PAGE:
A ‘pain in the neck’ is commonly used not only to describe an ailment but to describe an unpleasant situation that nearly 34% of the people have experienced at some point in their life. The neck is the most mobile part of the spine and is moved nearly 6000 times a day. Therefore, the neck is a common target for disease and trauma because it is subjected to marked stress and strain during daily activities. We shall describe the vertebral column before embarking on a discussion on the causes and consequences of neck pain.
The vertebral column
The vertebral column or backbone is an important part of our body. It not only supports the trunk and the head but it also plays an important role in our movement and protects the delicate spinal cord. The vertebral column consists of 32 vertebrae. The first 7 from the top form the cervical vertebrae, the next 12 constitute the thoracic vertebrae which articulate with the ribs and the remaining 5 constitute the lumbar vertebrae. Below the lumber lies the sacrum made up of 5 fused vertebrae which join the spine with the pelvic bone. The coccyx, or the tail bone, present at the end of the. The vertebral column consists of 3-4 fused vertebrae.
Each vertebra consists of a cylindrical part which is convex in the front and flattened behind. This flattened area forms the front part of the canal through which the spinal cord and nerve roots pass. The vertebral arch surrounds the canal and protects the structures within.
Each vertebra is attached to its neighbor by joints between the vertebral bodies and the arches. Between two vertebrae are present the inter-vertebral discs surrounded by fluid and a protective membrane. These discs facilitate the movements of the spine and cushion it from shocks. The extension of the spine is controlled by ligaments which run along the entire length of the vertebral column.
The cervical spine
The first two vertebrae of the spinal column are called the atlas and the axis and they are modified so as to support the skill and facilitate the movements of the skull respectively. The location of the seventh cervical vertebra can easily be traced by bending one’s head forward as it tends to protrude out. There are grooves in the vertebrae through which pass the major blood and the spinal cord. The spinal cord gives rise to nerve roots which form the nerves and they carry motor and sensory fibers to the different parts of the body. A map of the nerve fibers originating from the different cervical vertebrae is given in the figure.
A proper alignment of the vertebrae is a must. If they are not aligned then they may press on the spinal cord or the nerve roots causing pain, loss of sensation, or stiffness of the neck.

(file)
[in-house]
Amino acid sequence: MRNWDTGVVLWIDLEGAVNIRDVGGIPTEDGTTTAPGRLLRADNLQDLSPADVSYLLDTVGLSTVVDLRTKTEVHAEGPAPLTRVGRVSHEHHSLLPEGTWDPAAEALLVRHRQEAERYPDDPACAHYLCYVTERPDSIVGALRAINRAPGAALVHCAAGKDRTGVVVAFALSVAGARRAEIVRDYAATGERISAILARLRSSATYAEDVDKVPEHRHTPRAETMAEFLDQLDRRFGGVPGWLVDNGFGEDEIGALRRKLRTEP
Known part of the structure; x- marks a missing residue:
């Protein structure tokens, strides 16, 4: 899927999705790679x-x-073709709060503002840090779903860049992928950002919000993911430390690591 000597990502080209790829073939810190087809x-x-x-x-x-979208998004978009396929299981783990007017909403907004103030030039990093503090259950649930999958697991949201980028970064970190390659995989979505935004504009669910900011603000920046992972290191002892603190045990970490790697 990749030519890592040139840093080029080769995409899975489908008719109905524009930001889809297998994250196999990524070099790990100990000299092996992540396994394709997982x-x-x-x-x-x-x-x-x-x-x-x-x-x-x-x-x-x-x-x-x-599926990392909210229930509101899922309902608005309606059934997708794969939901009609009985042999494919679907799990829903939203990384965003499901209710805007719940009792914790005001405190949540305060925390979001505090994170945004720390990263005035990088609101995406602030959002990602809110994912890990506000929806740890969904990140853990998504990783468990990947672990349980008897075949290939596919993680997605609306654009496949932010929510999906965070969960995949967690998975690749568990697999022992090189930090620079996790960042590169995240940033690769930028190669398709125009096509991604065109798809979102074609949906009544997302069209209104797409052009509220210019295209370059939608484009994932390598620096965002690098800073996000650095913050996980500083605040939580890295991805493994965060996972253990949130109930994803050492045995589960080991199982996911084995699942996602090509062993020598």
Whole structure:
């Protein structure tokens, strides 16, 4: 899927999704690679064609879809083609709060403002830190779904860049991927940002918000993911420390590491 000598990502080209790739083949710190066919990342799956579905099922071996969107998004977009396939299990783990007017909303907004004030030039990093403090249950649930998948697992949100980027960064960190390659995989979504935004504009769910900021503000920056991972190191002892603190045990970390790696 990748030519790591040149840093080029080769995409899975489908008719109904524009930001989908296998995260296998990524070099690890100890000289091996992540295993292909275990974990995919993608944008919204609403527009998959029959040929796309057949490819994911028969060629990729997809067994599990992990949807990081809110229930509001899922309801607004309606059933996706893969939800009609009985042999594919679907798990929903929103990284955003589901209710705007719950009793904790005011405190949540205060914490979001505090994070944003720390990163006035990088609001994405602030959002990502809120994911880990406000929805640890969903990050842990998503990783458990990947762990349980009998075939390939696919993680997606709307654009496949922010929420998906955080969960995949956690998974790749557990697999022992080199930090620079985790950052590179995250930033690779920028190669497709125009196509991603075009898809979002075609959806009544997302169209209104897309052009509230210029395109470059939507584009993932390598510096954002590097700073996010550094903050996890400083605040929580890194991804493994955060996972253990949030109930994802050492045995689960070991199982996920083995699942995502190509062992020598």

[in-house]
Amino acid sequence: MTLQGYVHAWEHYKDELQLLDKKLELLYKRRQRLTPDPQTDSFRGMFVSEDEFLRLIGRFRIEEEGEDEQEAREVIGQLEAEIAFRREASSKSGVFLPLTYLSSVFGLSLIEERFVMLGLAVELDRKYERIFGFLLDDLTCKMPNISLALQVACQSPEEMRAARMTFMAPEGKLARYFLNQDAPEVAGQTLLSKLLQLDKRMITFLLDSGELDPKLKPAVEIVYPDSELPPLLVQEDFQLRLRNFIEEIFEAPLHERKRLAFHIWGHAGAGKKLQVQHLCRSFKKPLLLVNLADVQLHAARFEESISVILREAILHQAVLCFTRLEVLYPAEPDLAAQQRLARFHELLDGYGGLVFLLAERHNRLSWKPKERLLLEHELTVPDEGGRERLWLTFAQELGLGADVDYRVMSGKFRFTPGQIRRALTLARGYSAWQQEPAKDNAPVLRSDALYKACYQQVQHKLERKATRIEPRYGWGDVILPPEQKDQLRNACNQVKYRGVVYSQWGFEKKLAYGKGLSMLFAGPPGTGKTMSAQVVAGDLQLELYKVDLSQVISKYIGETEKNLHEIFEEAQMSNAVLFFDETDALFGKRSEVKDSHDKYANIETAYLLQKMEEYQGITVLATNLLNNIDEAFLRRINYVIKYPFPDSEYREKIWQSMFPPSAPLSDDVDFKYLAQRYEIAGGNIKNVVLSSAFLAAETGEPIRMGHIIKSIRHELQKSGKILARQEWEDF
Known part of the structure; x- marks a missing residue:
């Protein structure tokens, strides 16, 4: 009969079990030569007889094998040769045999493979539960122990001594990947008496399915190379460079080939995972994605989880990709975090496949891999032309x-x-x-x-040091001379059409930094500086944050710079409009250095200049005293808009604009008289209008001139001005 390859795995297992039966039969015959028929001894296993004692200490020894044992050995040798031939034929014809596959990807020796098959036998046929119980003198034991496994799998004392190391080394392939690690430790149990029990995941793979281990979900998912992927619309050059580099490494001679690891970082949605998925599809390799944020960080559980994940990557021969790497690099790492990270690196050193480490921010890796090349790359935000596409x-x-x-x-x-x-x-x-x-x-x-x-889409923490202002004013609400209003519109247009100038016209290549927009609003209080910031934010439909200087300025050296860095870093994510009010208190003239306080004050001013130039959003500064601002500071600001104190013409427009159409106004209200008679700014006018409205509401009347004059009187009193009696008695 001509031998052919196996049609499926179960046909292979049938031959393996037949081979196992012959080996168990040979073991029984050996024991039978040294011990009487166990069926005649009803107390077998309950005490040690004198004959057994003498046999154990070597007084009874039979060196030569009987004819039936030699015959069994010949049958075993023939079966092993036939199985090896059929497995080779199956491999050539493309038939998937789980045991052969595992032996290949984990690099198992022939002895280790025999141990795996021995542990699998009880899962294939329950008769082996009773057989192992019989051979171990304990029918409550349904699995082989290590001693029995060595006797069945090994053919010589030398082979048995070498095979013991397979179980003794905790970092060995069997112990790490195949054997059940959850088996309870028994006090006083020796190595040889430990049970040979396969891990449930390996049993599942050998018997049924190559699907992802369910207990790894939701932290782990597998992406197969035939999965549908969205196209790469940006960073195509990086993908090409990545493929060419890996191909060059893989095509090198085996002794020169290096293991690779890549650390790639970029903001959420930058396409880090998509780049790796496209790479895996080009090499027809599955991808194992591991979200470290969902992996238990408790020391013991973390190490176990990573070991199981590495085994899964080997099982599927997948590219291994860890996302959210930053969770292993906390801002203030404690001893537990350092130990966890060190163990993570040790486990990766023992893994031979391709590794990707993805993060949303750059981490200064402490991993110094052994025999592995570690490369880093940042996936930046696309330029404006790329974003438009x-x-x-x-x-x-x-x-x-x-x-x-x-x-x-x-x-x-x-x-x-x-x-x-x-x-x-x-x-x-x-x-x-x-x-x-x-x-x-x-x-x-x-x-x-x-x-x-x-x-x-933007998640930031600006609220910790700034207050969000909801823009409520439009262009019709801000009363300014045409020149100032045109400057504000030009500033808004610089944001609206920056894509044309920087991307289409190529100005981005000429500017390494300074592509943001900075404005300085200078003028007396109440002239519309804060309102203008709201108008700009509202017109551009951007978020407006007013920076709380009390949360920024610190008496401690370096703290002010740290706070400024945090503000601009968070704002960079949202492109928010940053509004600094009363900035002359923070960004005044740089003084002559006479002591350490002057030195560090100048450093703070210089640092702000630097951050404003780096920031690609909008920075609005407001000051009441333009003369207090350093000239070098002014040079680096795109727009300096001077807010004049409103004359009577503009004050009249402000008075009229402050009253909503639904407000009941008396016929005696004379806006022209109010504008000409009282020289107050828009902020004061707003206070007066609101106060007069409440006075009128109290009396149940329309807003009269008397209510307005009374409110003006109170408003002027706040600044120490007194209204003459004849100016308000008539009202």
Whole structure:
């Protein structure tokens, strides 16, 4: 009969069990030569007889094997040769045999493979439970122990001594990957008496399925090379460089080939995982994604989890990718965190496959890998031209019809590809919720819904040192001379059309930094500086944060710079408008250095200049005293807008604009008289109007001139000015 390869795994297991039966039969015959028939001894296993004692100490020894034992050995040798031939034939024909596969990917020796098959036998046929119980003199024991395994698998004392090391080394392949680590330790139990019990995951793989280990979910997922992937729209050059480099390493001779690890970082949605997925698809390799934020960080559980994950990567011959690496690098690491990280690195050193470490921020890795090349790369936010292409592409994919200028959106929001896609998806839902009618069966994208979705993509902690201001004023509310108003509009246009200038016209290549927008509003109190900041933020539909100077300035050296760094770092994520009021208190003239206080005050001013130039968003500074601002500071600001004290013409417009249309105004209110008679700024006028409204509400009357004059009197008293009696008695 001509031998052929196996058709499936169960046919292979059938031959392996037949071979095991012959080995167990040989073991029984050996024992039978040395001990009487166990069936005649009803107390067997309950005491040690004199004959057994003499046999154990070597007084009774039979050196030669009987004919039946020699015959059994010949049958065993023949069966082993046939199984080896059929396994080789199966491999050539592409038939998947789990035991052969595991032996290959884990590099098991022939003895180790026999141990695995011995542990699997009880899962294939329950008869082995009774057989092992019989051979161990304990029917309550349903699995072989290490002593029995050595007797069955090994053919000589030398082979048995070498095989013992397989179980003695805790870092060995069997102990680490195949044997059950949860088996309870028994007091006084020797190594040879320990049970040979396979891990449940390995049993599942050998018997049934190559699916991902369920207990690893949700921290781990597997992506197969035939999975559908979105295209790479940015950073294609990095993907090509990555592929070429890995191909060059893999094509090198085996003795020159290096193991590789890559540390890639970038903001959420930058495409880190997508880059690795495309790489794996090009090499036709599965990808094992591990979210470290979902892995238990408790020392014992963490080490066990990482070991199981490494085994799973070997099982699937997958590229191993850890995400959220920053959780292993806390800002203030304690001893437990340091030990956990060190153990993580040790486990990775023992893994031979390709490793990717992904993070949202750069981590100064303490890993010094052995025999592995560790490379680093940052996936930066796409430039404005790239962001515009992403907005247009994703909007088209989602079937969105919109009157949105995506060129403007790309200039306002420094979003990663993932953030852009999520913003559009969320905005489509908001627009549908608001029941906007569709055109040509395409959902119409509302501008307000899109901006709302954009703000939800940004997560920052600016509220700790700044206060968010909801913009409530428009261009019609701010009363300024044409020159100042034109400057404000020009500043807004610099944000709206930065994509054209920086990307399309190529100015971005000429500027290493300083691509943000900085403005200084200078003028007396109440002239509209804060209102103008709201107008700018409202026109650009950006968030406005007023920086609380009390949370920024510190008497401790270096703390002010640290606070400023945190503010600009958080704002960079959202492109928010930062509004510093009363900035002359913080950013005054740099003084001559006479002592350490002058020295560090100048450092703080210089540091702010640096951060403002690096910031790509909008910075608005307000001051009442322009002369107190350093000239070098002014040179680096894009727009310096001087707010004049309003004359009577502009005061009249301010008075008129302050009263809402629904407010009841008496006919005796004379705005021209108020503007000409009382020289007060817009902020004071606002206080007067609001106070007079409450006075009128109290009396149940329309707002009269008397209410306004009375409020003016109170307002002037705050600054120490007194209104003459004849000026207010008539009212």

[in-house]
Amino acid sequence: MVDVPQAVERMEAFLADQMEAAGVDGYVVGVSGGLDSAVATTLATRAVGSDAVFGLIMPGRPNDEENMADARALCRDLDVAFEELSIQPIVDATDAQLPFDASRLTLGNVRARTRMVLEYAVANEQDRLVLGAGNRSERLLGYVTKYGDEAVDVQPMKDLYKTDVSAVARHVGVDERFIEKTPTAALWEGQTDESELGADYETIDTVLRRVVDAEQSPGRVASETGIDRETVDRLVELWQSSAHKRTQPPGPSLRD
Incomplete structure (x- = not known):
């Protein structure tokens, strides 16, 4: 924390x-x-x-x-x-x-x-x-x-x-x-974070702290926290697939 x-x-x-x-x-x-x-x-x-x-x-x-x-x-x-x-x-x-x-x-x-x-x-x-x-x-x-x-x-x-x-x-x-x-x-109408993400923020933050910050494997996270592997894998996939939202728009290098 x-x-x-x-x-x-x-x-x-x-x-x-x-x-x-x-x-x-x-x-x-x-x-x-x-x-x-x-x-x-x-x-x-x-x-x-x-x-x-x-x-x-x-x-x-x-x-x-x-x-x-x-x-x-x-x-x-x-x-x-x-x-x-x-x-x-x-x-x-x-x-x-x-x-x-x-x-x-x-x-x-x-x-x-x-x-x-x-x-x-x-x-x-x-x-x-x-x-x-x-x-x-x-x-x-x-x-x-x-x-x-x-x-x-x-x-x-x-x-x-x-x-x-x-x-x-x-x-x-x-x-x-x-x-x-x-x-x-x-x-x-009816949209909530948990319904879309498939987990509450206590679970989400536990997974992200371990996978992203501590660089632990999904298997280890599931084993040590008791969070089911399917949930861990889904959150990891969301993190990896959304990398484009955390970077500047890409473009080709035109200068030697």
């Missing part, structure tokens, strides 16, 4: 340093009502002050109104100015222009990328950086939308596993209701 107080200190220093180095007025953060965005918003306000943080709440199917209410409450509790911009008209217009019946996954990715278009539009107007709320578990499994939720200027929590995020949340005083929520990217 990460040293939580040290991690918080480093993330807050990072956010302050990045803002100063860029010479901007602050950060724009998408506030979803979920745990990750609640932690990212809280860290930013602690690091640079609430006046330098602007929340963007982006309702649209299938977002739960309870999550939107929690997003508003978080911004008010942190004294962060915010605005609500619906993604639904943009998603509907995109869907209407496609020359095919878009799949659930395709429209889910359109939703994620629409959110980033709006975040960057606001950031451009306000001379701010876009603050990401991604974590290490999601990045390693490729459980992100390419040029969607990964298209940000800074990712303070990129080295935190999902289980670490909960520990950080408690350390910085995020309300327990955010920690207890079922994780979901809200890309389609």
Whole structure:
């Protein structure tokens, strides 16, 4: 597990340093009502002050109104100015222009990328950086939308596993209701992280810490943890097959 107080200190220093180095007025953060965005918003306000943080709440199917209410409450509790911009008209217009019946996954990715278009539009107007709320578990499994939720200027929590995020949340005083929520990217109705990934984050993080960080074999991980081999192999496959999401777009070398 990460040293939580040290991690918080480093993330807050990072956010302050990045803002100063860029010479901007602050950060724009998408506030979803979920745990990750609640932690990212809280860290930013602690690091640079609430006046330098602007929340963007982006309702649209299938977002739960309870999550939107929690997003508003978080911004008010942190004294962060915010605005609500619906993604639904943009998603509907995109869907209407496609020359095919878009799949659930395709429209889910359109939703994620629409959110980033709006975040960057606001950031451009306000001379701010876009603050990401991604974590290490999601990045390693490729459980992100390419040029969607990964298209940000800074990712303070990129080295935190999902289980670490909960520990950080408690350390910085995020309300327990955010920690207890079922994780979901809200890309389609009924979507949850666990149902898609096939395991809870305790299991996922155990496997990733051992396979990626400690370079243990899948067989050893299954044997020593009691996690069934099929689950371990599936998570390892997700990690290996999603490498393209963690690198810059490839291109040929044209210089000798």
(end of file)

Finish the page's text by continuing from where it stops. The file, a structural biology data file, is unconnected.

Cervical Spondylosis (cervical osteoarthritis)
Spondylosis is a degenerative disease of the spine which leads to the narrowing of the spinal canal. It is postulated that cervical spondylosis is caused by the wear and tear of the vertebral body, intervertebral joints, and discs. There is an increase in density and thickening of the vertebrae and the intervertebral disc space decreases. The changes that occur in and around the intervertebral discs is termed as spondylosis. The outgrowths from the vertebra may protrude and press upon the spinal cord or the nerve roots. This leads to the clinical symptoms associated with spondylosis.
The symptoms of cervical spondylosis depend upon the vertebra, the nerve roots, and the side of the body that has been affected as well as the extent of the damage. Pain in the neck or arms, headache, vertigo, dizziness, stiff neck, auditory disturbances, off-balance, tingling sensation in the arms are some of the symptoms associated with spondylosis.
Cervical spondylosis is common amongst weight lifters, those associated with long hours at the desk, driving, and those in the habit of using multiple soft pillows, those with drooping shoulders, and a stiff neck.
Asanas recommended for those suffering from cervical spondylosis
The asanas described below are aimed at increasing the intervertebral space by elongating the neck; aligning the cervical vertebra so that any compression of the nerve roots of misalignment of the vertebra gets corrected. This article describes some of the asanas which provide relief and help one overcome bouts of cervical pain.
General instructions for all the asanas
- Ensure that the neck is relaxed and the shoulders are not lifted up.